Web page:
This paper will first give a short history of Green-Marine, focusing first on its goals and objectives and then on the membership of the program and membership growth. Green Marine uses a series of performance indicators developed from the goals and objectives which are used by the participant companies in a self-evaluation.  These self-evaluations with respect to the Green Marine objectives are externally audited on a bi-annual basis. The results of these self-evaluations are compiled and analyzed and each of the 48 industry participants in North America are then interviewed. The interview questions are designed to discern the impact on the respective industries of following the Green Marine philosophy, and to discern what programs are currently in place or planned to be implemented to improve their self-evaluation scores. A synopsis of these interviews is presented.


Papers published in 2010.

Robert Mercer and Scott MacKinnon, Presence in Marine Simulator Training and Research, INSLC 16, Dalian, China

Presence in Marine Simulator Training and Research

Robert M. Mercer and Scott N. MacKinnon



Full mission ship simulators are typically employed to instruct mariners on standard operating procedures, bridge resource management, ship manoeuvring and/or familiarization with new technologies. However, human factors researchers are increasingly employing simulation technologies to better understand issues such as operator stress, mental workload, heuristic principles and situation awareness. Understanding the factors that influence how an operator makes and executes a decision will offer insight into situations where operator error may occur and provide guidance regarding system and bridge designs. This paper will explore the criteria for designing experimental methodologies appropriate for examining outcomes of operator performance during simulation exercises. Inherent in this approach is the need to design and implement realistic scenarios that engage the test subject. The concept of “presence” in virtual environments is explored in the context of preparing and controlling the simulation exercise used for data collection. Presence is defined as the subjective experience of being in one place or environment, even when one is physically situated in another.  The Situation Awareness Global Assessment Technique (SAGAT) can be employed to assess human performance and integrated navigation systems. SAGAT provides an objective explicit measure of situation awareness by directly comparing the operator’s SA to an operational “scenario”. Examples are drawn from human factors research completed at the Centre for Marine Simulation (CMS).

Fred Anstey and Cathrine Dutton 2010. Towards STCW 2012: an analysis and discussion of selected topics, IAMU 11th AGA, Busan, Korea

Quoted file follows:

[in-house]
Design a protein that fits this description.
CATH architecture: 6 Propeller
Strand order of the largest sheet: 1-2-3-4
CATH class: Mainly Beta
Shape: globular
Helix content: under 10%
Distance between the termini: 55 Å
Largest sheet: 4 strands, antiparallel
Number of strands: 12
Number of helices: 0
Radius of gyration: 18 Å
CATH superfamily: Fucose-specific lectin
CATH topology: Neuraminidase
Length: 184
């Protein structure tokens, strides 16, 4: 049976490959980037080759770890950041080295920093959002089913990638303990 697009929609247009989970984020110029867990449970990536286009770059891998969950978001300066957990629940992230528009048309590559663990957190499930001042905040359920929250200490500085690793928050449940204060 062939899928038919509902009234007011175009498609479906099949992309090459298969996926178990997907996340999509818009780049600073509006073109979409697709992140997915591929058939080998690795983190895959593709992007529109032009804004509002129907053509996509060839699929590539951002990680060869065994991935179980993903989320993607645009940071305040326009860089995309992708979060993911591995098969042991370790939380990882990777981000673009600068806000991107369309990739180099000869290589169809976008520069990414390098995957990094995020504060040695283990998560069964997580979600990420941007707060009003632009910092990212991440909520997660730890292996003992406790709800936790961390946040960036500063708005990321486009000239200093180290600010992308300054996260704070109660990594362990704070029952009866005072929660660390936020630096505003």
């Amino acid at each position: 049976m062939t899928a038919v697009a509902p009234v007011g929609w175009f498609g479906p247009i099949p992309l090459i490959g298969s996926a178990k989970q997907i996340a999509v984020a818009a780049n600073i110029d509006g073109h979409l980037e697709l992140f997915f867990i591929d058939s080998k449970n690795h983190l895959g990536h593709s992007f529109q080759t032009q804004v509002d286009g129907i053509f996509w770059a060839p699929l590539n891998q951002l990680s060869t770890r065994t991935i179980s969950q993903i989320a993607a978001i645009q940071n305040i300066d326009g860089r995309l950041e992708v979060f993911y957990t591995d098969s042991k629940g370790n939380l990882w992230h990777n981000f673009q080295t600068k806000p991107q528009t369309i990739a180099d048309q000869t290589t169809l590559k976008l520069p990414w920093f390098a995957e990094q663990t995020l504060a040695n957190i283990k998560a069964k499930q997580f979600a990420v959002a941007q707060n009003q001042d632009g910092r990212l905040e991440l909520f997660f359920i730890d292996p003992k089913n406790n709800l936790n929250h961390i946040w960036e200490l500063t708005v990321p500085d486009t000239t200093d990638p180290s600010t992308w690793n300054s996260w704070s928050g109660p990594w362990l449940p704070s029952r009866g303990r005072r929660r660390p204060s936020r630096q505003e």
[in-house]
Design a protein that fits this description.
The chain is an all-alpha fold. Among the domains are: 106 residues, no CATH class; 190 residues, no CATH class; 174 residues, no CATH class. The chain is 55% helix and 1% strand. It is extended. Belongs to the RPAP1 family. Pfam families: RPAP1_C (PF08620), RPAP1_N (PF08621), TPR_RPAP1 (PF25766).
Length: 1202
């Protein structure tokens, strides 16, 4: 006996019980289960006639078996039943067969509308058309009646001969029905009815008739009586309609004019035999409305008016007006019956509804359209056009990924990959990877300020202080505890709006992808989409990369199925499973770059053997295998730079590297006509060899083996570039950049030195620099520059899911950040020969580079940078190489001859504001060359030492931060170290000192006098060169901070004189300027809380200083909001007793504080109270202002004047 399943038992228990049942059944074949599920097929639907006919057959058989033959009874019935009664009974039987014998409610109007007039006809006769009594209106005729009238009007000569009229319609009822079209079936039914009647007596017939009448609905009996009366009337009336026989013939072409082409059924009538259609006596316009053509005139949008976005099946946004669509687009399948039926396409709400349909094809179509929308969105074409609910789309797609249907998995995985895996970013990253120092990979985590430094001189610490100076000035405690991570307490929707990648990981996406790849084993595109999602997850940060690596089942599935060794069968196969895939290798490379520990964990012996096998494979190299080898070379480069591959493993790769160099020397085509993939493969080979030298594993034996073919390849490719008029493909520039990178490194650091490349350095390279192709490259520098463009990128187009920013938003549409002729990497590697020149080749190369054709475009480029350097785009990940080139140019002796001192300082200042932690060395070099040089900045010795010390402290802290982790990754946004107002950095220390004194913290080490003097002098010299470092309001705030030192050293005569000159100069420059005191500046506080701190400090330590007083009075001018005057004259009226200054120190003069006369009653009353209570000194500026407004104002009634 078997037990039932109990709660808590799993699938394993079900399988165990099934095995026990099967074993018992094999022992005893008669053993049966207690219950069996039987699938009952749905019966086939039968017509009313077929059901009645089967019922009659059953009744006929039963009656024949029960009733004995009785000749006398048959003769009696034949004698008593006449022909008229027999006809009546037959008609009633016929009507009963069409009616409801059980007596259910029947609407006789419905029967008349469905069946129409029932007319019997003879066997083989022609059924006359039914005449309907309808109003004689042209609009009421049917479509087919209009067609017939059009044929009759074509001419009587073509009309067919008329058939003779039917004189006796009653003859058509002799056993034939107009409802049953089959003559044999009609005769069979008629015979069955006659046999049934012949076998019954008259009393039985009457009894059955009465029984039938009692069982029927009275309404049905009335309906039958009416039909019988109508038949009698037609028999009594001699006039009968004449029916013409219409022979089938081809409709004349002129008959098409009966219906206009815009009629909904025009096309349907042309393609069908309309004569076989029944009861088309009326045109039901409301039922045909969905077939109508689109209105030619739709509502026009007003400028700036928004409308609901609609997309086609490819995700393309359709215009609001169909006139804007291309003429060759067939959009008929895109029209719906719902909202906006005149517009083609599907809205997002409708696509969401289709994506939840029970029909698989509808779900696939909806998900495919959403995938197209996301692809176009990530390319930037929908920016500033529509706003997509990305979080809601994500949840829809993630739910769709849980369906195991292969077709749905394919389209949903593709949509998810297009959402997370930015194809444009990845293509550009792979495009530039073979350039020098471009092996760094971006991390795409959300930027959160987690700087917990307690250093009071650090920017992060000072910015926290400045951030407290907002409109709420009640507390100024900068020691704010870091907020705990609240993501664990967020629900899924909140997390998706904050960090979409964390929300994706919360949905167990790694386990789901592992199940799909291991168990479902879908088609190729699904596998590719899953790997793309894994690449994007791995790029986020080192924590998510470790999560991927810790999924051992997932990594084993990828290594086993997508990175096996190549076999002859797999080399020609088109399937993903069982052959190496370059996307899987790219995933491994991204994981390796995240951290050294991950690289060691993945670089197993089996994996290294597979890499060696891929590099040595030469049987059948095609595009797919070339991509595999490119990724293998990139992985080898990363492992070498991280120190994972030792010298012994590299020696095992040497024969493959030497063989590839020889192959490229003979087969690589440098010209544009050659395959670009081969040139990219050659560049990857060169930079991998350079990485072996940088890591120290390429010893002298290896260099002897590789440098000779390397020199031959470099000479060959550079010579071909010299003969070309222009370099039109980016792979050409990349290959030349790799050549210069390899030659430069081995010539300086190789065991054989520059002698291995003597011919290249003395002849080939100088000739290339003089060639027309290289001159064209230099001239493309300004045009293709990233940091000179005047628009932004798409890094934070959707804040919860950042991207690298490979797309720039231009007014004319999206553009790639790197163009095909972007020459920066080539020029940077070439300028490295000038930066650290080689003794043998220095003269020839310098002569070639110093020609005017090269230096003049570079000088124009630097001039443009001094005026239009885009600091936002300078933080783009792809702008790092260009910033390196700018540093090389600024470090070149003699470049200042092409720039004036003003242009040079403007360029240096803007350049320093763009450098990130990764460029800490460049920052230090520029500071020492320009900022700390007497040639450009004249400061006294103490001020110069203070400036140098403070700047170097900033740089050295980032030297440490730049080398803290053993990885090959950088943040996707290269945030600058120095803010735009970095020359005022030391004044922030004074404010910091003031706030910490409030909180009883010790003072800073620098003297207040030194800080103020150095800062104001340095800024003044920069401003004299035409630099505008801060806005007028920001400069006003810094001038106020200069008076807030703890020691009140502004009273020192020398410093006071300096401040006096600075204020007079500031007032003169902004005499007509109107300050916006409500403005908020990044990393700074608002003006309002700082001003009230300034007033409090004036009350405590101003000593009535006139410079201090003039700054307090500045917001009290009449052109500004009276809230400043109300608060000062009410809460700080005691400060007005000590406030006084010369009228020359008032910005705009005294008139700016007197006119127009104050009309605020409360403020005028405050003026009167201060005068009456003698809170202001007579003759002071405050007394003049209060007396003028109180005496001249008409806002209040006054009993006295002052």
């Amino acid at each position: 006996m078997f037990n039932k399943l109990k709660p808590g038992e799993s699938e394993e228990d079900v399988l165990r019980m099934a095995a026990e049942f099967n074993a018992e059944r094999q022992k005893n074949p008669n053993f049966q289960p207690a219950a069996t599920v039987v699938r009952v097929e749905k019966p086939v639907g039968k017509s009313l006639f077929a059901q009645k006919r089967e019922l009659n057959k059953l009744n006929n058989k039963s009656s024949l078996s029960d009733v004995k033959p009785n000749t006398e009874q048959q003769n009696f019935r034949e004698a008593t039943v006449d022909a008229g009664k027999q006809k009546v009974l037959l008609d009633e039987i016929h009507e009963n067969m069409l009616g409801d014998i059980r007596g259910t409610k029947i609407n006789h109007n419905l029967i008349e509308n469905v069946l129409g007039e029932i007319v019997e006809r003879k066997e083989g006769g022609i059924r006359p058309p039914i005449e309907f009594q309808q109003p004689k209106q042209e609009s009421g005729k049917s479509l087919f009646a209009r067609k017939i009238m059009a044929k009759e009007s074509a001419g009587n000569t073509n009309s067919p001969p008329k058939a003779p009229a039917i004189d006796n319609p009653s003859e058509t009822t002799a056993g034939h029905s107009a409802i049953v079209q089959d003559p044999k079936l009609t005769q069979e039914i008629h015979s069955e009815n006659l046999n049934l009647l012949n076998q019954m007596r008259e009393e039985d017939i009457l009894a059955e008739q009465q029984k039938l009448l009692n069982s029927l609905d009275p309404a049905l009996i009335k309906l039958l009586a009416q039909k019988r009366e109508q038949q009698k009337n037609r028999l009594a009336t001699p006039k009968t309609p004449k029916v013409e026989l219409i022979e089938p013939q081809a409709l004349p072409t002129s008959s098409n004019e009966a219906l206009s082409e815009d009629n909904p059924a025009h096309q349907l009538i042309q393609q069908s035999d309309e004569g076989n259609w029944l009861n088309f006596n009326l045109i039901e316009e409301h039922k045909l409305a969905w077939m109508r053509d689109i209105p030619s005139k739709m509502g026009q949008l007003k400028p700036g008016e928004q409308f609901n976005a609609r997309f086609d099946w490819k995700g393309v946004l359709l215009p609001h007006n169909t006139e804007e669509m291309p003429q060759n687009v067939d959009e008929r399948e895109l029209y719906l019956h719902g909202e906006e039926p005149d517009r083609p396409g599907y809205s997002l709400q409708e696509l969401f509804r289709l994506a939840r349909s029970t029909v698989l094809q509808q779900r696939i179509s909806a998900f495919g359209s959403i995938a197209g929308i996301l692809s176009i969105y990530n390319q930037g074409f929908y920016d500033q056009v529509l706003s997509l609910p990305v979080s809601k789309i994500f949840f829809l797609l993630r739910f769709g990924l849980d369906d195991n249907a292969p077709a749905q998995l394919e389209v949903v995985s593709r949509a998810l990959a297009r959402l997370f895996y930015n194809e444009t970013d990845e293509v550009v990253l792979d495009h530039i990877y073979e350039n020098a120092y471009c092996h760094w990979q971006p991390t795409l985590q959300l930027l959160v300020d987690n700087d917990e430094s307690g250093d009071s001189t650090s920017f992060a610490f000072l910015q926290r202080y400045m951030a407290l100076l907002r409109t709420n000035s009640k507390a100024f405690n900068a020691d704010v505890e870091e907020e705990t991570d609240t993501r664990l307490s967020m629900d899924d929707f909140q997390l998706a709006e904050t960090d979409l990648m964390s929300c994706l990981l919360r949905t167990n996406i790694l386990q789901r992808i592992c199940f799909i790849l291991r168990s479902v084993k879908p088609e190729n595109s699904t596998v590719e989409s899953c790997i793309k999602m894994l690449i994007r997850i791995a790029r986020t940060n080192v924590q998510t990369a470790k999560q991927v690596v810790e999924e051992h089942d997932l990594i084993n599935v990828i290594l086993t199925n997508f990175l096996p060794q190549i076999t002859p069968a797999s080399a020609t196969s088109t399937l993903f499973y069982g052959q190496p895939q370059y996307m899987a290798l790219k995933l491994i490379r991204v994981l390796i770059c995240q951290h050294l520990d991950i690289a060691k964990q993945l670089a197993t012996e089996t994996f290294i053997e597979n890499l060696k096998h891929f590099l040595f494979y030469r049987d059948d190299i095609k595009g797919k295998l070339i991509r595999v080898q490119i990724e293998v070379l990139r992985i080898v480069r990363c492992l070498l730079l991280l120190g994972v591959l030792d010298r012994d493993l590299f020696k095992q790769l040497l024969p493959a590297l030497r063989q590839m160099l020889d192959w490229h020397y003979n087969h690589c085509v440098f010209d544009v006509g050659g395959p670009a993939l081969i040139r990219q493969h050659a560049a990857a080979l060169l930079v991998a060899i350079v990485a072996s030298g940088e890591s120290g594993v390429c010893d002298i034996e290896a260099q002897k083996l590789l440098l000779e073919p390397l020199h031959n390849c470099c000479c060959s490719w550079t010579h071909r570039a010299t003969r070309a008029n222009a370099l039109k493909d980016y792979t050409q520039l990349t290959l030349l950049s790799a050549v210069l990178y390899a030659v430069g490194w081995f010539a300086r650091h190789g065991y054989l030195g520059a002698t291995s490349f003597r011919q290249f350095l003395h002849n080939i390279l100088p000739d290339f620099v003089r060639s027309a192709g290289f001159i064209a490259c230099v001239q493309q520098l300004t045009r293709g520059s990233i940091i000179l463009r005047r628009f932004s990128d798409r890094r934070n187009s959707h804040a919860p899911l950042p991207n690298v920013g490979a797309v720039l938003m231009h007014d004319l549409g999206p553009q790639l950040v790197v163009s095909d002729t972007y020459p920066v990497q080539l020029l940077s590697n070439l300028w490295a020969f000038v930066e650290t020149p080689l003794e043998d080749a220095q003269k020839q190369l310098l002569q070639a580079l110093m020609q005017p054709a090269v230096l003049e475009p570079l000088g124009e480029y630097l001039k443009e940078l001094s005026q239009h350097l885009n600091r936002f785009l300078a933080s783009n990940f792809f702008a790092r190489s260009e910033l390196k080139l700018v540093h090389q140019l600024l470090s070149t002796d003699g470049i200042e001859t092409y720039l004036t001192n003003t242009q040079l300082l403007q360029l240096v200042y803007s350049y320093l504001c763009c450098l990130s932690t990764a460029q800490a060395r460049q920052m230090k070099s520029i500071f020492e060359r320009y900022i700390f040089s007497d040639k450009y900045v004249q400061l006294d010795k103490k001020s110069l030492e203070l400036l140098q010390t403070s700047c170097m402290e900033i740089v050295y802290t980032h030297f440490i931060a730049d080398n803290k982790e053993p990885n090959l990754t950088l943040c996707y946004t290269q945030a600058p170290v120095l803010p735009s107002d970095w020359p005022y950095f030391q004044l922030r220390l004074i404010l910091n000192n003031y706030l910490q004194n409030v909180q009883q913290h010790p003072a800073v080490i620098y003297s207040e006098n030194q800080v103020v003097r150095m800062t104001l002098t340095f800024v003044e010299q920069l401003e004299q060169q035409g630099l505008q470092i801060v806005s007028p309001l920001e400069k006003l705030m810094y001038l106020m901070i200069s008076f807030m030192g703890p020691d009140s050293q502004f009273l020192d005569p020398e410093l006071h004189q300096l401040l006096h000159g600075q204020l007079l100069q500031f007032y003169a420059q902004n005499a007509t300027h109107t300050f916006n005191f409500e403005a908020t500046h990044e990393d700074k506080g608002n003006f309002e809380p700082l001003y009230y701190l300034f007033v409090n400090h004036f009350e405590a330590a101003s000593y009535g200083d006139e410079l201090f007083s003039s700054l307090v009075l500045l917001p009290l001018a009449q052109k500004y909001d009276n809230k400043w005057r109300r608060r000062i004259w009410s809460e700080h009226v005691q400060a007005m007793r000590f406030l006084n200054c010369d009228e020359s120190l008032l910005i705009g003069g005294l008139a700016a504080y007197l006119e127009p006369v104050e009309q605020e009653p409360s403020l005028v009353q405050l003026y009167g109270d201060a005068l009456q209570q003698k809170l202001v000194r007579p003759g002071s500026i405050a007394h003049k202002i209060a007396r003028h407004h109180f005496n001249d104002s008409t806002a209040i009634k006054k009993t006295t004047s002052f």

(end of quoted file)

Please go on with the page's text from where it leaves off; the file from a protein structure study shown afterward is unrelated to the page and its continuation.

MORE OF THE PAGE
Towards STCW 2012: an analysis and discussion of selected topics

Fred Anstey, Catherine Dutton


A diplomatic conference was convened in Manila in June of 2010 to adopt major revisions to the Standards of Training, Certification and Watchkeeping for Seafarers (STCW). The original 1978 Convention and Code were designed to establish basic requirements for training, certification and watchkeeping on an international level. In 1995 STCW was revised to give greater oversight, and to provide strict implementation obligations. The International Maritime Organization (IMO) has required the latest comprehensive review to reconcile inconsistencies and to address current global challenges. The call for submissions saw those with vested interests putting forward their views on needed changes. While all submissions had the interest of the global shipping community at heart, it is inherent, that with such diverse interests, the inevitable and resultant lobbying and negotiations would impact the final outcome. The revisions pertaining to marine security stipulate mandatory training for all levels of shipboard personnel as dictated by the International Ship and Port Facility Security (ISPS) Code. Mandatory training for the shore-based position of Company Security Officer (CSO) will continue to be ignored. Bridge and Engine-room Resource Management has been moved to the mandatory section of the Code but with an apparent reduction in requisite training elements. Advances in technology have created the need for and recognition by STCW of the electro-technical officer. With an overall increase in training as detailed by the revised STCW it will become increasingly difficult to monitor conformance, including adherence to the requirements for refresher and revalidation training. This paper will review these selected subject areas that have undergone changes in this latest iteration and due to enter into force in January 2012. A brief analysis of STCW training requirements for marine security, Bridge Resource Management (BRM), the electro-technical officer, and for refresher training and certificate revalidation has been undertaken and is presented as a catalyst for thought and discussion.


Keywords: Electro-technical, resource management, MET, refresher training, security, STCW.